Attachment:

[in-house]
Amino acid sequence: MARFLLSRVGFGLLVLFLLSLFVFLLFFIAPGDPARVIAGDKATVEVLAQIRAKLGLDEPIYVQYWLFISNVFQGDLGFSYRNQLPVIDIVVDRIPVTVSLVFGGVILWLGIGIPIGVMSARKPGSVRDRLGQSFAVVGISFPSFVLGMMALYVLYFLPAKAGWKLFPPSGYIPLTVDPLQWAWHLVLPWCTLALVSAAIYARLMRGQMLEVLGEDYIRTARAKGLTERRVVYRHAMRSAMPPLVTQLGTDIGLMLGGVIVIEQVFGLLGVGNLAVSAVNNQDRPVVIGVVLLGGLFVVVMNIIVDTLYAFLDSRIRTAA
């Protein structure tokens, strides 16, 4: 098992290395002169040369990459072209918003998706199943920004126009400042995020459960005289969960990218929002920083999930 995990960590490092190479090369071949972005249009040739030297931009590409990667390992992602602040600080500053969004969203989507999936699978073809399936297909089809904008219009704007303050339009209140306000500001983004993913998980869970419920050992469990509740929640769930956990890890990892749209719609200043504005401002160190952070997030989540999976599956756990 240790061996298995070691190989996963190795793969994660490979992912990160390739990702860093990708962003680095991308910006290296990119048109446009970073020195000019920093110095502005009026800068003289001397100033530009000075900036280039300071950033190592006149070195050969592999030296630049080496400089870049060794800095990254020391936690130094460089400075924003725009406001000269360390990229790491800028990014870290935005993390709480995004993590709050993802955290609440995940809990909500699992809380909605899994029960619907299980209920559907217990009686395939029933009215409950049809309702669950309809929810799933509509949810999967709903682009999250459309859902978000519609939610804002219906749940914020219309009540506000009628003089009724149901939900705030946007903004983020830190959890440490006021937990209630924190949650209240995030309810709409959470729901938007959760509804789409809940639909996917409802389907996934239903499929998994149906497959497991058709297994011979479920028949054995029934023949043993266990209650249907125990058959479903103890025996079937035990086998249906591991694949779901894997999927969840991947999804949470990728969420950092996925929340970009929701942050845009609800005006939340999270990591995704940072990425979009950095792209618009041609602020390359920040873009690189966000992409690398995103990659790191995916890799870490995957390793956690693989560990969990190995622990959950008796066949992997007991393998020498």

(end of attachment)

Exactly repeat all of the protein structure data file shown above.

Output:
[in-house]
Amino acid sequence: MARFLLSRVGFGLLVLFLLSLFVFLLFFIAPGDPARVIAGDKATVEVLAQIRAKLGLDEPIYVQYWLFISNVFQGDLGFSYRNQLPVIDIVVDRIPVTVSLVFGGVILWLGIGIPIGVMSARKPGSVRDRLGQSFAVVGISFPSFVLGMMALYVLYFLPAKAGWKLFPPSGYIPLTVDPLQWAWHLVLPWCTLALVSAAIYARLMRGQMLEVLGEDYIRTARAKGLTERRVVYRHAMRSAMPPLVTQLGTDIGLMLGGVIVIEQVFGLLGVGNLAVSAVNNQDRPVVIGVVLLGGLFVVVMNIIVDTLYAFLDSRIRTAA
């Protein structure tokens, strides 16, 4: 098992290395002169040369990459072209918003998706199943920004126009400042995020459960005289969960990218929002920083999930 995990960590490092190479090369071949972005249009040739030297931009590409990667390992992602602040600080500053969004969203989507999936699978073809399936297909089809904008219009704007303050339009209140306000500001983004993913998980869970419920050992469990509740929640769930956990890890990892749209719609200043504005401002160190952070997030989540999976599956756990 240790061996298995070691190989996963190795793969994660490979992912990160390739990702860093990708962003680095991308910006290296990119048109446009970073020195000019920093110095502005009026800068003289001397100033530009000075900036280039300071950033190592006149070195050969592999030296630049080496400089870049060794800095990254020391936690130094460089400075924003725009406001000269360390990229790491800028990014870290935005993390709480995004993590709050993802955290609440995940809990909500699992809380909605899994029960619907299980209920559907217990009686395939029933009215409950049809309702669950309809929810799933509509949810999967709903682009999250459309859902978000519609939610804002219906749940914020219309009540506000009628003089009724149901939900705030946007903004983020830190959890440490006021937990209630924190949650209240995030309810709409959470729901938007959760509804789409809940639909996917409802389907996934239903499929998994149906497959497991058709297994011979479920028949054995029934023949043993266990209650249907125990058959479903103890025996079937035990086998249906591991694949779901894997999927969840991947999804949470990728969420950092996925929340970009929701942050845009609800005006939340999270990591995704940072990425979009950095792209618009041609602020390359920040873009690189966000992409690398995103990659790191995916890799870490995957390793956690693989560990969990190995622990959950008796066949992997007991393998020498």